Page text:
Prince William has shared his wish for his father, Prince Charles, to spend more time with his grandchildren, Prince George, Princess Charlotte and Prince Louis, in a candid new interview.
The 36-year-old made the candid confession in a new documentary, celebrating the soon-to-be King’s 70th birthday.
Prince William revealed that he would love for his father to spend more time with his grandchildren, despite his increasingly busy schedule as he gears up to take on the role of monarch.
When asked if Charles has ‘time to be a grandfather on top of everything else’, William admitted, “It’s something I’m working more heavily on, put it that way.
“I think he does have time for it, but I would like him to have more time with the children.”
The Duke of Cambridge continued, “Now he’s reached his 70th year it’s a perfect time to consolidate a little bit because, as most families would do, you are worried about having them around and making sure their health’s okay.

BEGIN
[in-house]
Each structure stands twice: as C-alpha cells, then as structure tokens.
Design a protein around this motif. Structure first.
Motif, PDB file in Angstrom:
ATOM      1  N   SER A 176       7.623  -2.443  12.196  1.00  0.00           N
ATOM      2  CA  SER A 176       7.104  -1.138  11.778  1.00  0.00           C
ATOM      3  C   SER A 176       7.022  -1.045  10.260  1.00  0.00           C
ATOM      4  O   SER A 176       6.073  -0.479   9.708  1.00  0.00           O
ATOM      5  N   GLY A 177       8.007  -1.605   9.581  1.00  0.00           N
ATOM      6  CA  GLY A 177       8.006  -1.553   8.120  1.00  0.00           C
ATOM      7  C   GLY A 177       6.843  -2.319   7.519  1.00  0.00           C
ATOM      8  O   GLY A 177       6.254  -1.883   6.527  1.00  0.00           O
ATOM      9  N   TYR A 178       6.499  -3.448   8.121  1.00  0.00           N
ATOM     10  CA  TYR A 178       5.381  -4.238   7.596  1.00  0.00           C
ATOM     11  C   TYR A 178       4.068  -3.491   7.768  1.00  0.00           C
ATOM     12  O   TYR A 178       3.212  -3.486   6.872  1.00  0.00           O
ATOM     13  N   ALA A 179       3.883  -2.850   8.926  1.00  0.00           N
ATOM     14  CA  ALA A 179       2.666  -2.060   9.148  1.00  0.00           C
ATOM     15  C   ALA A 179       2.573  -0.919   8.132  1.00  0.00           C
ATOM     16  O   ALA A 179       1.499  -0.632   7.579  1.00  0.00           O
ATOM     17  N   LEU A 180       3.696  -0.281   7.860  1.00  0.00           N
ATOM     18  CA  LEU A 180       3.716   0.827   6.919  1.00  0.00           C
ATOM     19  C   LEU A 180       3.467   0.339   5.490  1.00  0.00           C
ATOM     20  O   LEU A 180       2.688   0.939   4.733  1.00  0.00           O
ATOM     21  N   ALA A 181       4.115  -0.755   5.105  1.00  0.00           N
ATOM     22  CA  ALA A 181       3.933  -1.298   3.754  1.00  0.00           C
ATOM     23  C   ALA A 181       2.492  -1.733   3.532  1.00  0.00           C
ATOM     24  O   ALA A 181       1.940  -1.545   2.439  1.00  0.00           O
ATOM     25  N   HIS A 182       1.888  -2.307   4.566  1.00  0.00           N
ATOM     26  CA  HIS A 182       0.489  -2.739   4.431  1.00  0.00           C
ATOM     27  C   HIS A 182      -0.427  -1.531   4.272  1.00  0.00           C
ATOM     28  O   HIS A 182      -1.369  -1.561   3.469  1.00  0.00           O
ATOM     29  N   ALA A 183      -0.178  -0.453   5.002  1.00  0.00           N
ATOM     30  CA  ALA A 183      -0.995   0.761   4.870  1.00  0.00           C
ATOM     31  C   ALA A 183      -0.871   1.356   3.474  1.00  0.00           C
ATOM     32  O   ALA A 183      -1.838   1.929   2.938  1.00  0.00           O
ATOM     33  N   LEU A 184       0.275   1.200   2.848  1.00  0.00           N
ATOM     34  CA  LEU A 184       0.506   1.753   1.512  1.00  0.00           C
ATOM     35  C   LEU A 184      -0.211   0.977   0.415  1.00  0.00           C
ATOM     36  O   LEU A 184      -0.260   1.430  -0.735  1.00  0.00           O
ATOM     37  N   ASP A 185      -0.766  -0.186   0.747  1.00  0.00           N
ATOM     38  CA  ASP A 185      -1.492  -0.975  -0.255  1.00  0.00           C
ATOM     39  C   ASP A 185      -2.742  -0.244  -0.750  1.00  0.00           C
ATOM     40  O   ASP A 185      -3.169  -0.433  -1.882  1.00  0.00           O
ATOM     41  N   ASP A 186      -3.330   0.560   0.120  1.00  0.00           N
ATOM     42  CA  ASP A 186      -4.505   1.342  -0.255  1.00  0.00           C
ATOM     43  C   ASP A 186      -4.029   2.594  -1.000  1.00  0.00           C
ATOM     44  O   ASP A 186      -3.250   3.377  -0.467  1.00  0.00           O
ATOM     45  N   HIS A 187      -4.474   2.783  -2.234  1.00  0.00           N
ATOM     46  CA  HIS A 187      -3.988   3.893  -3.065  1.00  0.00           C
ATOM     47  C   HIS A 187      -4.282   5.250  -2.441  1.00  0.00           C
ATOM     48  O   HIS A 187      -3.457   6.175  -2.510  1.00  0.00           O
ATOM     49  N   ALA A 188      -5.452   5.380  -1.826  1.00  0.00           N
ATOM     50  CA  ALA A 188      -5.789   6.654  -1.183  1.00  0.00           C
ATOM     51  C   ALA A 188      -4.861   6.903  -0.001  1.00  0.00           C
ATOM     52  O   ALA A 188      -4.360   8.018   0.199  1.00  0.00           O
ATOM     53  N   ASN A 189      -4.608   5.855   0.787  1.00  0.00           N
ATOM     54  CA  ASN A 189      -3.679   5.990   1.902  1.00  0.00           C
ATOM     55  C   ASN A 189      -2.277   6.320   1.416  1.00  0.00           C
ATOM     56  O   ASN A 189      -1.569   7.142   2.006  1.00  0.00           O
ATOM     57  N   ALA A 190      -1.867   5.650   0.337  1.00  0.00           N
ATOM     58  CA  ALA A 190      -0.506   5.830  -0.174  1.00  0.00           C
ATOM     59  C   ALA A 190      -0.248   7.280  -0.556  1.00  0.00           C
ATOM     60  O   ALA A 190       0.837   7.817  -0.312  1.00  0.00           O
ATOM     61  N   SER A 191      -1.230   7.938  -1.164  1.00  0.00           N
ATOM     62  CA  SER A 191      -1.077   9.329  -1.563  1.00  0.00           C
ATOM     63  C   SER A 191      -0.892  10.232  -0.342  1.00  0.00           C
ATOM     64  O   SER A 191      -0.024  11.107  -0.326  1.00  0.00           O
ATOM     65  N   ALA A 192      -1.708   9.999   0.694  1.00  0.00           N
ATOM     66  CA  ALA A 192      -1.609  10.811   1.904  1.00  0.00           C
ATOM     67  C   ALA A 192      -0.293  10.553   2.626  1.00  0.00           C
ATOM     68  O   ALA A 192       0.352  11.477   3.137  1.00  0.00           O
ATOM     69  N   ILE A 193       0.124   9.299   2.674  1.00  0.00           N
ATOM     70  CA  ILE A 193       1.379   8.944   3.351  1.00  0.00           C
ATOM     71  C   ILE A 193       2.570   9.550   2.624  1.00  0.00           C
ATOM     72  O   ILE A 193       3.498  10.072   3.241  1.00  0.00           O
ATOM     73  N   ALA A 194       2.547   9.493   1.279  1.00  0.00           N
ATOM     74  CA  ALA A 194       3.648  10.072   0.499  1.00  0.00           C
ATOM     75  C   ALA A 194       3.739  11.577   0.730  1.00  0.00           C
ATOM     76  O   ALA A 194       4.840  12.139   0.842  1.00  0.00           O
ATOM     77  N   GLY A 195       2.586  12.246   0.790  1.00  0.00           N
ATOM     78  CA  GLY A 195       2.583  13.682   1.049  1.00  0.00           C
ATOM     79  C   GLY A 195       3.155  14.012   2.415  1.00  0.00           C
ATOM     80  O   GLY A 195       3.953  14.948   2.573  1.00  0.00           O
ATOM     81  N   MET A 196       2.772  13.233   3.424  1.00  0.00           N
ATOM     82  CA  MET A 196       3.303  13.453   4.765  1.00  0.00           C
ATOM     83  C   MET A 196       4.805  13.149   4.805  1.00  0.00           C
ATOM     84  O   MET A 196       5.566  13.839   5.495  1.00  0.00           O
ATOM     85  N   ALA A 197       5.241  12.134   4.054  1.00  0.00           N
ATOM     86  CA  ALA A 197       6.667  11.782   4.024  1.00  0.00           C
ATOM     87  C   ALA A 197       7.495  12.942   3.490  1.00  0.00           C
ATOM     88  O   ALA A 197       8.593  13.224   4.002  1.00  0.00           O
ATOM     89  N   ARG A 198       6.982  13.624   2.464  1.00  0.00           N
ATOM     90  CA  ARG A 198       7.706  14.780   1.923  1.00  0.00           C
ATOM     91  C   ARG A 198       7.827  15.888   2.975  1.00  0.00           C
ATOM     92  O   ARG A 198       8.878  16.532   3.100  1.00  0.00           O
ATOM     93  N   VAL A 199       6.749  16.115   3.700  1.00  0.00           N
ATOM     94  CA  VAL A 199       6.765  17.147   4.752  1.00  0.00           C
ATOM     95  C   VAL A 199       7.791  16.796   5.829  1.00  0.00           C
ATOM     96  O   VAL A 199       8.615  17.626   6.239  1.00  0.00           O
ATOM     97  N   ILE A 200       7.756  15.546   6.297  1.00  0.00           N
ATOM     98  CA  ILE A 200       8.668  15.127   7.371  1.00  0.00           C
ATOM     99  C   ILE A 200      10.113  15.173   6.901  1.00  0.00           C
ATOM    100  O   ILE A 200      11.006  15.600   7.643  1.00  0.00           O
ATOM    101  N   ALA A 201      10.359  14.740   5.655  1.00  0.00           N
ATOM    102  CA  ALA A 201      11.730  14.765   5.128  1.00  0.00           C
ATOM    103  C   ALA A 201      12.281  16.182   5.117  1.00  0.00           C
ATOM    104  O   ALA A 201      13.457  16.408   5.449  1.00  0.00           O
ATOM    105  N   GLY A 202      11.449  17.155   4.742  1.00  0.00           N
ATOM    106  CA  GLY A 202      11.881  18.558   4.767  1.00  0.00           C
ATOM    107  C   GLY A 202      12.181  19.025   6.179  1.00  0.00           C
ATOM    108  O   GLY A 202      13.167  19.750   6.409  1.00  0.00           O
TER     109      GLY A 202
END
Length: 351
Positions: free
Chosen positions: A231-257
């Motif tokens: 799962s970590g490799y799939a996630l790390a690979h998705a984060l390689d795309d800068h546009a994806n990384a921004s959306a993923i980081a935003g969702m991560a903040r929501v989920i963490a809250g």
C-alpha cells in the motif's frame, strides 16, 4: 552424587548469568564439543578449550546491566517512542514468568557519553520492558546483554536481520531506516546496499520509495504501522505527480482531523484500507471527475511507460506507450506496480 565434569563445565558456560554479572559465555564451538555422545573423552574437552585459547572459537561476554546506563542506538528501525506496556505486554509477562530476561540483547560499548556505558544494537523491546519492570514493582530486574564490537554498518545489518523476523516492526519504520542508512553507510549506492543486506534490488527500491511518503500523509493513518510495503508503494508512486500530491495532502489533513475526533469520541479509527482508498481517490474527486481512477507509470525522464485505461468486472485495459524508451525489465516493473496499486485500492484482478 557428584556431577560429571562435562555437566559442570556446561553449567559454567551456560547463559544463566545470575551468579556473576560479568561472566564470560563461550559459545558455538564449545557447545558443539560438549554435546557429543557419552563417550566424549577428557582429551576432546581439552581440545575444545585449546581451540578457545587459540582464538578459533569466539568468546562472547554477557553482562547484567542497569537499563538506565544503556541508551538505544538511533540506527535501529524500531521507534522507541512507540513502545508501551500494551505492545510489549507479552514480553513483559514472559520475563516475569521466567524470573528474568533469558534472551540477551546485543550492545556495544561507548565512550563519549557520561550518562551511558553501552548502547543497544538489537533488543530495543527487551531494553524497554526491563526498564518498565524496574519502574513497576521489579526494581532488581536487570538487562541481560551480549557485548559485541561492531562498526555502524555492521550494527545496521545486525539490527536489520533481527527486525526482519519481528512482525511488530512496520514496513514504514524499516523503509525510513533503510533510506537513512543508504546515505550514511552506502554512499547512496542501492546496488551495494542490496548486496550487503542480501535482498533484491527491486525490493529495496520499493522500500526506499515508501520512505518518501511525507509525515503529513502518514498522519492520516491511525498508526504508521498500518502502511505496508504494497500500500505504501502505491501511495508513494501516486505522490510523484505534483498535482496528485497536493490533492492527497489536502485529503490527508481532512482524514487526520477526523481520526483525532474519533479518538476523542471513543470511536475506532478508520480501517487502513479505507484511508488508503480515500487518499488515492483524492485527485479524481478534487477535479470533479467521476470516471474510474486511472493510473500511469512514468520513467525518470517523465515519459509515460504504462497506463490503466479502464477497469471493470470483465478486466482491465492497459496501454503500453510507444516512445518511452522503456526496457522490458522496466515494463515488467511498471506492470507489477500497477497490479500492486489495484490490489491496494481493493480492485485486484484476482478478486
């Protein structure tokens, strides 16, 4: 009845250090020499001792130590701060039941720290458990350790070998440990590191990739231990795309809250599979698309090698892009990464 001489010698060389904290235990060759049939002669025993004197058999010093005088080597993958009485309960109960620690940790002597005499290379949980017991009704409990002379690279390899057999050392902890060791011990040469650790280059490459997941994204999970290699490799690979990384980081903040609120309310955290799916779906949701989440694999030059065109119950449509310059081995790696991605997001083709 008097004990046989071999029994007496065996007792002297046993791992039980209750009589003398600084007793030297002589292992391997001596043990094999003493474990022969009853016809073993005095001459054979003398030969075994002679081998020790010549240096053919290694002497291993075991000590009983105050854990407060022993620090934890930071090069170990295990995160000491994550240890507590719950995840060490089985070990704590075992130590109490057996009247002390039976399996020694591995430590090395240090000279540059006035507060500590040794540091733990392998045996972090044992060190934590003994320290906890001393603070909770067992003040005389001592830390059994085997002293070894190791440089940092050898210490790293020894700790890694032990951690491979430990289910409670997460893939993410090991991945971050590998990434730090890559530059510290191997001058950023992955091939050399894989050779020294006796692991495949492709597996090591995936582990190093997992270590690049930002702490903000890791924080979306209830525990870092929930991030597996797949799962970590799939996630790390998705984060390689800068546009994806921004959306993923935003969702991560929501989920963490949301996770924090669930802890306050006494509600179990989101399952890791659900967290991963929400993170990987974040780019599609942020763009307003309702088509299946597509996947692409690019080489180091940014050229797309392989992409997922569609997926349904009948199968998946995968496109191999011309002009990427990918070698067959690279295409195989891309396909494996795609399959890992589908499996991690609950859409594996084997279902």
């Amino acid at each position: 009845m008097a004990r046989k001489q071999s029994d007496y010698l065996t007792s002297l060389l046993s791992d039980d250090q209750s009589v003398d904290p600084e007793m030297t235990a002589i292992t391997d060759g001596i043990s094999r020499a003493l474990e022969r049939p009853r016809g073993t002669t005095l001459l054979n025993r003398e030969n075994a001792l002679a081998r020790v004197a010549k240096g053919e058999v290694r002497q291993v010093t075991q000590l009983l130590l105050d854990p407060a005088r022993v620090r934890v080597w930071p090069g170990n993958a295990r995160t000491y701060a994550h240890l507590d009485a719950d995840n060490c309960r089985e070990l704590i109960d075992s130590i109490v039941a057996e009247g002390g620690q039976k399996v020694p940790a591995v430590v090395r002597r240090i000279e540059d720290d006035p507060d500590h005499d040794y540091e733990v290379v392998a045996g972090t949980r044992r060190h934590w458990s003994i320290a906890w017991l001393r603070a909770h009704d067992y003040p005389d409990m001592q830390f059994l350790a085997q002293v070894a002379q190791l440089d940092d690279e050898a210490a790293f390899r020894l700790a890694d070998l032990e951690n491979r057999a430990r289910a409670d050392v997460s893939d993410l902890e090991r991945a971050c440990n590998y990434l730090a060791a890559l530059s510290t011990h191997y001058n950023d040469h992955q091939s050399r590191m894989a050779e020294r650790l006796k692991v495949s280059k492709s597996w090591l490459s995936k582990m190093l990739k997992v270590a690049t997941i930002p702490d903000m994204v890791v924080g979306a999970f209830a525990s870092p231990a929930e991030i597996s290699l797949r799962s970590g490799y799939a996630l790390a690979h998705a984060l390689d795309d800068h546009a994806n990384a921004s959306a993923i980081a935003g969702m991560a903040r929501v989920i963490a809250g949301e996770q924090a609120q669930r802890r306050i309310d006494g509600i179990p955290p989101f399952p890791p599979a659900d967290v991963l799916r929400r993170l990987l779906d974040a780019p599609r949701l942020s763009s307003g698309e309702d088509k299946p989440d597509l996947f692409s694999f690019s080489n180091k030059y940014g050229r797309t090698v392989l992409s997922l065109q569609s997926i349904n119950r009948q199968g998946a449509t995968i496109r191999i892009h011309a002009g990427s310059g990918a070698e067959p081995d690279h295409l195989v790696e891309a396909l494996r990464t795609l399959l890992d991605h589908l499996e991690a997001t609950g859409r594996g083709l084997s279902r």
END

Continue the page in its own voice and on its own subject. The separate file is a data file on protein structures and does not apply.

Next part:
“And he’s the fittest man I know but equally I want him to be fit until he’s 95.
“So having more time with him at home would be lovely, and being able to play around with the grandchildren. Because when he’s there, he’s brilliant. But we need him there as much as possible.”
It’s long been rumoured that there has been tension between Charles and the Cambridges over the amount of time he gets to spend with his grandchildren.
The Prince of Wales has reportedly expressed resentment over the amount of time the Middleton grandparents, Carole and Michael, get to spend with their grandkids – with William and Catherine reportedly going to them for babysitting duties in the first instance.
But of course, as future monarch Prince Charles is often busy on engagements and official duties, explaining why he might not be quite as available as the Cambridges.
She said, “He will get down on his knees and crawl about with them for hours, you know making funny noises and laughing, and my grandchildren adore him, absolutely adore him.
“He reads Harry Potter and he can do all the different voices and I think children really appreciate that.”